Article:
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Article
July 3, 1948

FOLIC ACID THERAPY: Its Effect as Observed in Two Patients with Pernicious Anemia and Neurologic Symptoms

Author Affiliations

Detroit

From the Departments of Medicine and Pathology, Wayne University College of Medicine and City of Detroit Receiving Hospital, and the Anemia Laboratory, Outpatient Department, Harper Hospital.

JAMA. 1948;137(10):825-827. doi:10.1001/jama.1948.02890440001001
Abstract

The antianemic properties of folic acid have been demonstrated repeatedly,1 and this work has been summarized by Berry and Spies.2 It has also been emphasized that folic acid is effective in those patients with macrocytic anemia who also exhibit megaloblastic erythropoiesis in the bone marrow.3 It is still not known, however, whether folic acid therapy is able to produce and maintain in patients with addisonian pernicious anemia complete hematologic and clinical remission, nor are the optimum dosage of folic acid and the preferable method of administration definitely established.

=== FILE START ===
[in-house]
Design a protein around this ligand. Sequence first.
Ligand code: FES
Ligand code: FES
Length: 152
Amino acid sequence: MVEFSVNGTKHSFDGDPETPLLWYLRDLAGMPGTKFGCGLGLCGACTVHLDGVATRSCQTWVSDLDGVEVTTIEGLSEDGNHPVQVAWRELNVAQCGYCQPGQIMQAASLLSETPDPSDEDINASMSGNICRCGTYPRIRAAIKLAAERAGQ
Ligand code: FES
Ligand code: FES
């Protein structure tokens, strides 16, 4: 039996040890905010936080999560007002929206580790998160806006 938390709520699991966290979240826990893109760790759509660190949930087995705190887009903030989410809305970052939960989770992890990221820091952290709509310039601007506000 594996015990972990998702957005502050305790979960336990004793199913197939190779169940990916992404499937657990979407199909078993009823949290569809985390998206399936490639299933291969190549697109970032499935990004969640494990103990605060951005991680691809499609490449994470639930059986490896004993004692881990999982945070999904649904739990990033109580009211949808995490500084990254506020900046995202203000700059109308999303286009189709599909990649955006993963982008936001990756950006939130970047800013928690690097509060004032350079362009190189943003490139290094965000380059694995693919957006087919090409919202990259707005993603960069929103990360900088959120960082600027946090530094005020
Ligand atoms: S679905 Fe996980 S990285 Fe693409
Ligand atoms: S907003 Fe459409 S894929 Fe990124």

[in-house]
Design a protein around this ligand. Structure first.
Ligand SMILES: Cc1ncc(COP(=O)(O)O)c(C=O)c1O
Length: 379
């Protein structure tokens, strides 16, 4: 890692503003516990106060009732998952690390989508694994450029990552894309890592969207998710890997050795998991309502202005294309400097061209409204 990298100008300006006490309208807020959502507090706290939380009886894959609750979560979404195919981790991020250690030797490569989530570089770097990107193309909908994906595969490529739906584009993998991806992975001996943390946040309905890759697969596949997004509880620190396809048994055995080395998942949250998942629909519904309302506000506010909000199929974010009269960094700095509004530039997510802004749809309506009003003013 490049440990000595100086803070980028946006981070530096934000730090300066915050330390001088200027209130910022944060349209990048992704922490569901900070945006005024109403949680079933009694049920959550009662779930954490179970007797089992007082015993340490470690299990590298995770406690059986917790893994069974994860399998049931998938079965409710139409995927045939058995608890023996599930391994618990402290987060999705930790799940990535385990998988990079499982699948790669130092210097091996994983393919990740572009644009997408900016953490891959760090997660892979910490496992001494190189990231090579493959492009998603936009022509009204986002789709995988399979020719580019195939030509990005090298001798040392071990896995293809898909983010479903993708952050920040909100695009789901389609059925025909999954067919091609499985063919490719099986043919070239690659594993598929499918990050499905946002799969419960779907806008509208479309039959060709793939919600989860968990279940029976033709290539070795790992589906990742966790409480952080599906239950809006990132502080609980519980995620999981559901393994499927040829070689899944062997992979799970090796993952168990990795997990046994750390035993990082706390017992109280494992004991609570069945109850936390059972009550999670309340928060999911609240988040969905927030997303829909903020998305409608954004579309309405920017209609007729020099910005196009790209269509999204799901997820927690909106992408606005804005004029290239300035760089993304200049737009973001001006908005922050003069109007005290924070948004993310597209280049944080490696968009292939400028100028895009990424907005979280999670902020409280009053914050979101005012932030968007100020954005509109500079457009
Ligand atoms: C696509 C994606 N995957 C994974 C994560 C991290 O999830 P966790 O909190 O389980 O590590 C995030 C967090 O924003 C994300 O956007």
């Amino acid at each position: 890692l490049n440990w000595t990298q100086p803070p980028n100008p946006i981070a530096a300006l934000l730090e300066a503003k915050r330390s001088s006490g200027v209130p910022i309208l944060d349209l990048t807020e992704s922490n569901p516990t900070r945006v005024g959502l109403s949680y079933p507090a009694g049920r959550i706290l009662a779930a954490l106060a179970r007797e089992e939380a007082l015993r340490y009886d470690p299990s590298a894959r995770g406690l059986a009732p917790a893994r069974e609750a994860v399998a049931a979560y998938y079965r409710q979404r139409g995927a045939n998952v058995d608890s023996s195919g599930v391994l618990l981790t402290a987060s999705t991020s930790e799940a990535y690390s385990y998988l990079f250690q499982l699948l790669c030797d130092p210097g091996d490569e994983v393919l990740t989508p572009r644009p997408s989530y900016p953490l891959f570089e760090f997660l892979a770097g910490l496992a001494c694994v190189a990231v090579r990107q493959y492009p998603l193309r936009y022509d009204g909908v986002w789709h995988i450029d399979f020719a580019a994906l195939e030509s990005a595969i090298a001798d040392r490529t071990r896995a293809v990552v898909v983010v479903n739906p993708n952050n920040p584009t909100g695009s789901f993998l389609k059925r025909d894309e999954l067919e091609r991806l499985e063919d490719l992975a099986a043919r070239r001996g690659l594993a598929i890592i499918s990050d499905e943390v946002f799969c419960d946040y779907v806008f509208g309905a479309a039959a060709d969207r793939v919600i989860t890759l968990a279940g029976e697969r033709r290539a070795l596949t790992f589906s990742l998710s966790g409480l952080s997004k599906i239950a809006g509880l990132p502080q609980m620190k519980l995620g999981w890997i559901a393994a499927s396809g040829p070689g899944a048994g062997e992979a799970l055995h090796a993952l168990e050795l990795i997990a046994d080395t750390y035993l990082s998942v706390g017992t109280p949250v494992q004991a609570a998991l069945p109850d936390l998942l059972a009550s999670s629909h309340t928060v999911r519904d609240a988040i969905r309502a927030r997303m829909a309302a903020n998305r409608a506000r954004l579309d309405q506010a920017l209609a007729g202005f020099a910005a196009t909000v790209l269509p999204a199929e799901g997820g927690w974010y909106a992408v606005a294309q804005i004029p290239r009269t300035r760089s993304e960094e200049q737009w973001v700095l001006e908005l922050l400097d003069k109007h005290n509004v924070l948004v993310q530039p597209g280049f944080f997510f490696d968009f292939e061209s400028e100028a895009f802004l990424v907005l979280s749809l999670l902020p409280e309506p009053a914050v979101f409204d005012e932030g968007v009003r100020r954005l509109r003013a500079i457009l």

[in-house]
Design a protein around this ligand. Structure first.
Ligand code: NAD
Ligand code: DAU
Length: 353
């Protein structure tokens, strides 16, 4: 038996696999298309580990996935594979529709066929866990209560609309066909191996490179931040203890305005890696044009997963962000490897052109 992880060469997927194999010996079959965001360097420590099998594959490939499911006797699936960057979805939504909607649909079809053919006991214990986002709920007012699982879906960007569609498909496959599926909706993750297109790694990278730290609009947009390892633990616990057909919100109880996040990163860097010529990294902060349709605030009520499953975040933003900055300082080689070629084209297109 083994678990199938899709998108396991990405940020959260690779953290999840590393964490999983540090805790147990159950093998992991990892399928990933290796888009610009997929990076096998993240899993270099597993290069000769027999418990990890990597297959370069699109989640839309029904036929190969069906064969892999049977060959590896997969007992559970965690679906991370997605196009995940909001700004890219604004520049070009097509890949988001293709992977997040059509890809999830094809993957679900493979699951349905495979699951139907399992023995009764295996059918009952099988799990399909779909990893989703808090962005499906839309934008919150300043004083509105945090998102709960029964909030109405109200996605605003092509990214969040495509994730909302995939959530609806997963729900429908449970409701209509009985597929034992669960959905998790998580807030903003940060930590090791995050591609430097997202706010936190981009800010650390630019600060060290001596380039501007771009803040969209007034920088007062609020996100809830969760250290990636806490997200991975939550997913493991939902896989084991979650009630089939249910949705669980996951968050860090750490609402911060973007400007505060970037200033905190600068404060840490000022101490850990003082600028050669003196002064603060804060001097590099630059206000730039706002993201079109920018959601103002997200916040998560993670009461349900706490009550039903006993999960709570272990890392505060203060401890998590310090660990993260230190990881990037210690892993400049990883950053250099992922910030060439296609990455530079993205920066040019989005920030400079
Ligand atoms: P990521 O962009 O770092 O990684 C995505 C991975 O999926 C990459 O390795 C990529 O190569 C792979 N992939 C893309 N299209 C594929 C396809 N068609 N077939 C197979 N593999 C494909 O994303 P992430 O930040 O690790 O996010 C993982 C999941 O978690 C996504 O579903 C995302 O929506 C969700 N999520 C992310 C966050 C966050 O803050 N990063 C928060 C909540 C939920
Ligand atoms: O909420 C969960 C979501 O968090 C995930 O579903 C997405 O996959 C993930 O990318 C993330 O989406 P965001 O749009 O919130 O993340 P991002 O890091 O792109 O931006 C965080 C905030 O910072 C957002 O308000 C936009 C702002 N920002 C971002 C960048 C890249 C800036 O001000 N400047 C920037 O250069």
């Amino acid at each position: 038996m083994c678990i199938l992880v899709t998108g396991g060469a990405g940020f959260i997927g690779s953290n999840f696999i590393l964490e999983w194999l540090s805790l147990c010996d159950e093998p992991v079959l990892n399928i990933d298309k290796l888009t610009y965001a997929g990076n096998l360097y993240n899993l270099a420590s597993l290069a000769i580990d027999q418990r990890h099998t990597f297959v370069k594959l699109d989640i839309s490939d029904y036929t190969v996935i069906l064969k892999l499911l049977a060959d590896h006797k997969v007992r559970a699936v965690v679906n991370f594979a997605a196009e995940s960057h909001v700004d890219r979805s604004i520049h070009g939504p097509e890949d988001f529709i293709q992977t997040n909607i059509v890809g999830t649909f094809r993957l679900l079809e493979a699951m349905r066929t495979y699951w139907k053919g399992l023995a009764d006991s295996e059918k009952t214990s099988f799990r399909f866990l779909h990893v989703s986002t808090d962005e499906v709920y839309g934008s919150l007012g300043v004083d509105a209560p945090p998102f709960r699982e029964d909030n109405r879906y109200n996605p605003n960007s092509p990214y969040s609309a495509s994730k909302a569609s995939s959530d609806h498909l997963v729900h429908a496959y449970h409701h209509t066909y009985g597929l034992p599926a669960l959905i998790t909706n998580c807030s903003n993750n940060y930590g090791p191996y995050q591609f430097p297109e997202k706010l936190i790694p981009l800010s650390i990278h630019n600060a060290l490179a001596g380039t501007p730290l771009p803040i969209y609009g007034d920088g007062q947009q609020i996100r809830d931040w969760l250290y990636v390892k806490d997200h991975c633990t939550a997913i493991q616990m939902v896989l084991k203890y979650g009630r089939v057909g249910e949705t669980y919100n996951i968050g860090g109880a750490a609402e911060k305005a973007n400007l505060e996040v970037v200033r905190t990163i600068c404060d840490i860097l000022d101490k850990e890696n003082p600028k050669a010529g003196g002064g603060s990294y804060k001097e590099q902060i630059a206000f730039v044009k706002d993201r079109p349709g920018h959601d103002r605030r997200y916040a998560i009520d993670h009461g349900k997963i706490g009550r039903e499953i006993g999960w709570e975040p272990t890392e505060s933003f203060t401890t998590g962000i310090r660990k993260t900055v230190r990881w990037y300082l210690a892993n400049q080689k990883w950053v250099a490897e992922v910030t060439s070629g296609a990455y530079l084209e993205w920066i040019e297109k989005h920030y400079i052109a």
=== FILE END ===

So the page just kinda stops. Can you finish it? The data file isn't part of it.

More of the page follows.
In the course of an investigation of the therapeutic role of folic acid, the details of which will be reported at a later date, 2 patients with addisonian pernicious anemia were encountered whose clinical course while they were receiving folic acid was characterized by a symptomatic relapse. The histories of these patients are reported now because of their clinical

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